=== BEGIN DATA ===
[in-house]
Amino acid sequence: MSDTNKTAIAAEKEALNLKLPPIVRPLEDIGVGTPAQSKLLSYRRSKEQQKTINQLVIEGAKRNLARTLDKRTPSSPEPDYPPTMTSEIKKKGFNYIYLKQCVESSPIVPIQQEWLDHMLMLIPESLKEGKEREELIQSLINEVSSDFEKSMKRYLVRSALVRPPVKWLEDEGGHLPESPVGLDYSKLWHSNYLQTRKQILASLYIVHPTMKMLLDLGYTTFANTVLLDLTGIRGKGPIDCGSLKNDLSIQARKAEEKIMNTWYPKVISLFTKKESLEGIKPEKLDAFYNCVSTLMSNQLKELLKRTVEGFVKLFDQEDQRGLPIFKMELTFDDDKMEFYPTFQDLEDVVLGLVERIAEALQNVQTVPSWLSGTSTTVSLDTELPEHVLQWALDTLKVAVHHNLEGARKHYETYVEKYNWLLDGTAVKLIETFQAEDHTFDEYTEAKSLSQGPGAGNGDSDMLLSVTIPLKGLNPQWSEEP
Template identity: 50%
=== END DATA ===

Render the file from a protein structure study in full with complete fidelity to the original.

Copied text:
[in-house]
Amino acid sequence: MSDTNKTAIAAEKEALNLKLPPIVRPLEDIGVGTPAQSKLLSYRRSKEQQKTINQLVIEGAKRNLARTLDKRTPSSPEPDYPPTMTSEIKKKGFNYIYLKQCVESSPIVPIQQEWLDHMLMLIPESLKEGKEREELIQSLINEVSSDFEKSMKRYLVRSALVRPPVKWLEDEGGHLPESPVGLDYSKLWHSNYLQTRKQILASLYIVHPTMKMLLDLGYTTFANTVLLDLTGIRGKGPIDCGSLKNDLSIQARKAEEKIMNTWYPKVISLFTKKESLEGIKPEKLDAFYNCVSTLMSNQLKELLKRTVEGFVKLFDQEDQRGLPIFKMELTFDDDKMEFYPTFQDLEDVVLGLVERIAEALQNVQTVPSWLSGTSTTVSLDTELPEHVLQWALDTLKVAVHHNLEGARKHYETYVEKYNWLLDGTAVKLIETFQAEDHTFDEYTEAKSLSQGPGAGNGDSDMLLSVTIPLKGLNPQWSEEP
Template identity: 50%